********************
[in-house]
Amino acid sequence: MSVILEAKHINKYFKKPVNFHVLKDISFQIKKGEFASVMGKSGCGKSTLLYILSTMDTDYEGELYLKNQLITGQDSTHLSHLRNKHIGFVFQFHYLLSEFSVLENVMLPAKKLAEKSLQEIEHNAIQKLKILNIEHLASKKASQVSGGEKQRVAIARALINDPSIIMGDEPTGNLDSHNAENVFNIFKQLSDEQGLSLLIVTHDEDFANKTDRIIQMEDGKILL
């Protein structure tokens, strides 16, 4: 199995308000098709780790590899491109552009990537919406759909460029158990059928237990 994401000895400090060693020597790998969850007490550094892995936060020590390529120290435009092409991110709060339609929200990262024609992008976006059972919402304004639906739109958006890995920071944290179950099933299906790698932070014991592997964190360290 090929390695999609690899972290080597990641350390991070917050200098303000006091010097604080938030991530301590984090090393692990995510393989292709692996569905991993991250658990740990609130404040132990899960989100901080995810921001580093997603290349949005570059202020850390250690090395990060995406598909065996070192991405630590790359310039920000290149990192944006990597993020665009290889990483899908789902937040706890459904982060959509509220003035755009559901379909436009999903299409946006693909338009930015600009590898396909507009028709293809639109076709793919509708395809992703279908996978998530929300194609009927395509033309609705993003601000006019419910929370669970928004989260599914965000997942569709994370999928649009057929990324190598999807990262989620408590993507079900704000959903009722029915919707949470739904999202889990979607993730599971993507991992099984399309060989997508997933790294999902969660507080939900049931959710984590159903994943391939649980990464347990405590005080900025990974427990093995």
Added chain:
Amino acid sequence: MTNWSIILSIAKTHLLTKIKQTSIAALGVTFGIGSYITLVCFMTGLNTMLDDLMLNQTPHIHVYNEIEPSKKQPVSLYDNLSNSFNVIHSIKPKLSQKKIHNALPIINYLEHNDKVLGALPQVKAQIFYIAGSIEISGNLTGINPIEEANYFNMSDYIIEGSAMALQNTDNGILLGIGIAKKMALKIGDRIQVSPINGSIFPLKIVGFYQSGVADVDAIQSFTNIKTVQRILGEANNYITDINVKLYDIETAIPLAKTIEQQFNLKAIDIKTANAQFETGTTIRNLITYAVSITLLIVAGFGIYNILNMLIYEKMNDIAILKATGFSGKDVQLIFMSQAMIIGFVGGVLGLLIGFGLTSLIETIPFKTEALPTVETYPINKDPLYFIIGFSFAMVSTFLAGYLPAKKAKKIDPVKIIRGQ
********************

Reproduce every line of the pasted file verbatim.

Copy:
[in-house]
Amino acid sequence: MSVILEAKHINKYFKKPVNFHVLKDISFQIKKGEFASVMGKSGCGKSTLLYILSTMDTDYEGELYLKNQLITGQDSTHLSHLRNKHIGFVFQFHYLLSEFSVLENVMLPAKKLAEKSLQEIEHNAIQKLKILNIEHLASKKASQVSGGEKQRVAIARALINDPSIIMGDEPTGNLDSHNAENVFNIFKQLSDEQGLSLLIVTHDEDFANKTDRIIQMEDGKILL
């Protein structure tokens, strides 16, 4: 199995308000098709780790590899491109552009990537919406759909460029158990059928237990 994401000895400090060693020597790998969850007490550094892995936060020590390529120290435009092409991110709060339609929200990262024609992008976006059972919402304004639906739109958006890995920071944290179950099933299906790698932070014991592997964190360290 090929390695999609690899972290080597990641350390991070917050200098303000006091010097604080938030991530301590984090090393692990995510393989292709692996569905991993991250658990740990609130404040132990899960989100901080995810921001580093997603290349949005570059202020850390250690090395990060995406598909065996070192991405630590790359310039920000290149990192944006990597993020665009290889990483899908789902937040706890459904982060959509509220003035755009559901379909436009999903299409946006693909338009930015600009590898396909507009028709293809639109076709793919509708395809992703279908996978998530929300194609009927395509033309609705993003601000006019419910929370669970928004989260599914965000997942569709994370999928649009057929990324190598999807990262989620408590993507079900704000959903009722029915919707949470739904999202889990979607993730599971993507991992099984399309060989997508997933790294999902969660507080939900049931959710984590159903994943391939649980990464347990405590005080900025990974427990093995």
Added chain:
Amino acid sequence: MTNWSIILSIAKTHLLTKIKQTSIAALGVTFGIGSYITLVCFMTGLNTMLDDLMLNQTPHIHVYNEIEPSKKQPVSLYDNLSNSFNVIHSIKPKLSQKKIHNALPIINYLEHNDKVLGALPQVKAQIFYIAGSIEISGNLTGINPIEEANYFNMSDYIIEGSAMALQNTDNGILLGIGIAKKMALKIGDRIQVSPINGSIFPLKIVGFYQSGVADVDAIQSFTNIKTVQRILGEANNYITDINVKLYDIETAIPLAKTIEQQFNLKAIDIKTANAQFETGTTIRNLITYAVSITLLIVAGFGIYNILNMLIYEKMNDIAILKATGFSGKDVQLIFMSQAMIIGFVGGVLGLLIGFGLTSLIETIPFKTEALPTVETYPINKDPLYFIIGFSFAMVSTFLAGYLPAKKAKKIDPVKIIRGQ